The Minnesota Sex Offender Program: What to know about today's meeting

Author:
Updated:
Original:

Monday morning, a conference that could help determine the future of the beleaguered Minnesota Sex Offender Program will take place in federal court.

Here's a brief explanation about why it's happening, and how we got to this point.

What's the meeting for?

At the meeting, Gov. Mark Dayton, Judge Donovan Frank, Attorney General Lori Swanson, Republican and DFL lawmakers and others will discuss possible ways to fix the sex offender program – the state's system for treating offenders deemed in need of further treatment.

Why is the meeting being held?

There's a long, winding backstory to all of this, but basically, the state's sex offender program was ruled unconstitutional in June, after a lawsuit was filed by the more than 700 offenders currently confined in the program. They argued the program was unconstitutional.

And Frank, in the June ruling, agreed.

Monday's conference is a direct result of that ruling, and former Chief Justice Eric Magnuson, who led the calls for the program's reform, will oversee the potential changes.

Dayton, even after the program was ruled unconstitutional, continued to defend the program.

And what's unconstitutional about it?

Frank ruled the program is unconstitutional because it keeps offenders who completed their prison sentence locked up indefinitely, with little empirical evidence they have the chance to get out.

In fact, of the hundreds of offenders confined to the two facilities (in Moose Lake and St. Peter), only three have been provisionally released in the 20 years it has been running. None have been fully released.

OK, so this meeting: Can I go and weigh in?

No, it's not open to the public. Nor is it open to media organizations, despite a request from the Star Tribune, The Associated Press, New York Times and other outlets arguing it should be.

Frank said the closed conference will allow for freer discussions, and noted there won't be a final decision made Monday. Participants are allowed to talk about it publicly afterward, however.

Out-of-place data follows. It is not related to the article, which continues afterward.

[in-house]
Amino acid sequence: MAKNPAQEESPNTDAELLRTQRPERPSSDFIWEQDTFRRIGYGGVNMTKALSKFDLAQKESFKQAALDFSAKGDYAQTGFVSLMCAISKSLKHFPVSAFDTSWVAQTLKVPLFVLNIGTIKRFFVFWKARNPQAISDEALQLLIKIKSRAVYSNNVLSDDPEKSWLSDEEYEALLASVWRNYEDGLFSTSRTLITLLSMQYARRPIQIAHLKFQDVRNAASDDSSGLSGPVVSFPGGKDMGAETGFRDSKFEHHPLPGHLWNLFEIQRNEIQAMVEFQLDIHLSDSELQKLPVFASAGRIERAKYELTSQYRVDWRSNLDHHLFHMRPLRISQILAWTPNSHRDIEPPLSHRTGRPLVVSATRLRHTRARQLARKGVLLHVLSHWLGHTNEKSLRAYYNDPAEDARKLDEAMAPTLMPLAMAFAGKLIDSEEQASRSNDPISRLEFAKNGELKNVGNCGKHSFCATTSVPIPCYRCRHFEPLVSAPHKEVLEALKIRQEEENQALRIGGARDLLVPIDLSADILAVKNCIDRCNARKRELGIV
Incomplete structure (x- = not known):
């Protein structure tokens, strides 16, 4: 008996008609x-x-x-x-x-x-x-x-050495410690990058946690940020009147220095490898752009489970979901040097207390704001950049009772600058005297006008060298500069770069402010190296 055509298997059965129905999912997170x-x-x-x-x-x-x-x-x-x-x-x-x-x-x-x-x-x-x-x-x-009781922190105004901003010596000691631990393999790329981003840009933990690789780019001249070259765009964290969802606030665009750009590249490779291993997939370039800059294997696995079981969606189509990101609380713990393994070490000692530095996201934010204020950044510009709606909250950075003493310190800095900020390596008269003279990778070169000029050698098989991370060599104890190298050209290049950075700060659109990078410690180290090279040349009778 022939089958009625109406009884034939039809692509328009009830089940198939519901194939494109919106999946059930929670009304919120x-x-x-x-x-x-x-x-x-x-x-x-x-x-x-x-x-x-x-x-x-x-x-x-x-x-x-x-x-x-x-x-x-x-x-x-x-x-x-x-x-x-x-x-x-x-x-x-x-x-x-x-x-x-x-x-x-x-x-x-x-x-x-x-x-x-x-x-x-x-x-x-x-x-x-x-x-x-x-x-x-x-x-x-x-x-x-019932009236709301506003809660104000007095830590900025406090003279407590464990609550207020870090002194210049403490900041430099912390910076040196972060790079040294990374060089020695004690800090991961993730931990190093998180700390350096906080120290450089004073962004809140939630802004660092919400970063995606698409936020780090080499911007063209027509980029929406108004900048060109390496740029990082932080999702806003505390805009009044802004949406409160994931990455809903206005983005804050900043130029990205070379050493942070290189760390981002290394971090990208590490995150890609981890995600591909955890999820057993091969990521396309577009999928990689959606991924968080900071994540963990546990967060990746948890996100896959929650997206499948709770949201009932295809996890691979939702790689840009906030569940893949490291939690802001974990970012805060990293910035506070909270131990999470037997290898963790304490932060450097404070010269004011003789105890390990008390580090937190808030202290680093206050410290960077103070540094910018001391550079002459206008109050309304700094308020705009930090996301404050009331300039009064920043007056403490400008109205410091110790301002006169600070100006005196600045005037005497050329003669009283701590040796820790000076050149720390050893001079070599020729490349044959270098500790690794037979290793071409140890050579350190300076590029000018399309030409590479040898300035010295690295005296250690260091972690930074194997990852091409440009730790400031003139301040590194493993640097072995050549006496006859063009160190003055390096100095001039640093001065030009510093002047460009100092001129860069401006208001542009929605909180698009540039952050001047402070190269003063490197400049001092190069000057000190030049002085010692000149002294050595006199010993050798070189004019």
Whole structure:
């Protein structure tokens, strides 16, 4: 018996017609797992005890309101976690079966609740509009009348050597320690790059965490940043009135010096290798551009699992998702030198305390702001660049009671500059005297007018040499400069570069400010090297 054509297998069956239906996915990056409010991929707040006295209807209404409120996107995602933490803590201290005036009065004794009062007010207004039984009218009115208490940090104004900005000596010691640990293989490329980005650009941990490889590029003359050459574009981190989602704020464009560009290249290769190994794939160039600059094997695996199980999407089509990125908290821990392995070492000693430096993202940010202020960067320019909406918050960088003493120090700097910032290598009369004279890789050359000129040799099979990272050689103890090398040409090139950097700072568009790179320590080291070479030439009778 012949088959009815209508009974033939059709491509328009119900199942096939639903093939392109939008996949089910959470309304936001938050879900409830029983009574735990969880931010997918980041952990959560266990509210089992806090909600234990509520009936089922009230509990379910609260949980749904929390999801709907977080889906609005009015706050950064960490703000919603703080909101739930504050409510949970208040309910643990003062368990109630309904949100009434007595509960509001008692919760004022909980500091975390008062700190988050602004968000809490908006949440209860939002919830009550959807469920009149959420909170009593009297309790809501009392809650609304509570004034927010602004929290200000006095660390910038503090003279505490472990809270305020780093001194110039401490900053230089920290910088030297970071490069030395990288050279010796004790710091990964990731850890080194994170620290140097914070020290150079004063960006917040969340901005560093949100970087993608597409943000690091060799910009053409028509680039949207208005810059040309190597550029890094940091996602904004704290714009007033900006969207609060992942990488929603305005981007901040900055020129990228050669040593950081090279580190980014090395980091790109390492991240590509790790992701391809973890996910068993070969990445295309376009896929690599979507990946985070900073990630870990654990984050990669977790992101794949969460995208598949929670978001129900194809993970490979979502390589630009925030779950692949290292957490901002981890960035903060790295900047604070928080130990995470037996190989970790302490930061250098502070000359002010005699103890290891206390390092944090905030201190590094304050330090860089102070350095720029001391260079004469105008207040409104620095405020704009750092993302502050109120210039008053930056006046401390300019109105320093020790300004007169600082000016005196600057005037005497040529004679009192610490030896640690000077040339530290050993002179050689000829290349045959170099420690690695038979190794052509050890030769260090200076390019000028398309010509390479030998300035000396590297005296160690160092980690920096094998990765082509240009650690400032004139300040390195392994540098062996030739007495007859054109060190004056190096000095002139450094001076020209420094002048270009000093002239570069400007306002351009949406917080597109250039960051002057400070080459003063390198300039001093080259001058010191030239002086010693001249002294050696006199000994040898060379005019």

What comes next?

Probably a lot more talking.

The Associated Press notes the discussions, part of a "remedy phase," could continue for weeks or months, unless a settlement is reached at some point. It also notes the eventual ruling could pave the way for programs in other states to be challenged.

Have they tried to make changes before?

Minnesota’s legal leaders, including Magnuson and Frank, have over the past two years urged state lawmakers to restructure the program.

But the reforms haven't come, with state Human Services Commissioner Lucinda Jesson previously saying her department had started making changes, but full reforms are proving difficult because of a lack of funding.

The Associated Press reports Dayton proposed a measure in the latest budget bill to at least begin addressing the judge's concerns, but it got pushed aside during negotiations late in the budget process.

Critics have also pointed to the financial cost to running the program in its current form, with FOX 9 previously reporting it costs the state $73 million per year.

Next Up

Ricky Rubio

Report: Timberwolves trade Ricky Rubio to Cleveland

Rubio's homecoming in Minnesota lasted just one season.

Tim Walz - YouTube - Screengrab

Gov. Walz: Newly-vaccinated Minnesotans will get $100

The incentive was announced shortly after President Biden announced the initiative.

Flickr - USPS post office mail truck - Paul Sableman

Man who attacked Oakdale postal worker gets 18 months in prison

He was accused of hopping over the counter and repeatedly punching the employee.

Wikimedia COmmons - Sierra store - Steve Morgan

Off-price retail store Sierra will open a St. Cloud location

It is the brand's first Minnesota store outside the Twin Cities.

Motzko and Schuneman

Driver in crash that killed Motzko, Schundeman released from custody

Authorities say he was driving during the crash that killed Sam Schuneman and Mack Motzko.

Dentist

Dental practice fired manager because she was too old, investigation finds

The business has agreed to a $54,000 settlement with the employee.

Ryan Suter

Suter says goodbye to Minnesota in Players Tribune piece

As Suter heads for Dallas, the Wild revamp their blue line.

vaccine, covid

Gov. Walz launches 'Vax to School' campaign ahead of new year

The state is encouraging students aged 12-17 to get vaccinated before school starts.

Justin Jefferson

Coller: Justin Jefferson isn't the sophomore slump type

Matthew Coller writes a weekly column for BMTN, with more of his work found at Purple Insider. He also hosts a weekly Vikings livestream on BMTN's YouTube and Facebook.

storm damage

State of Emergency in Wisconsin as daylight reveals massive storm damage

A tornado may have directly hit a farmstead, causing destruction.

Facebook - Line 3 frac out July 27 photo - Ron Turney

MPCA acknowledges 8 more drilling fluid releases during Line 3 work

That includes at least one fluid release into wetlands, which is a violation.

Related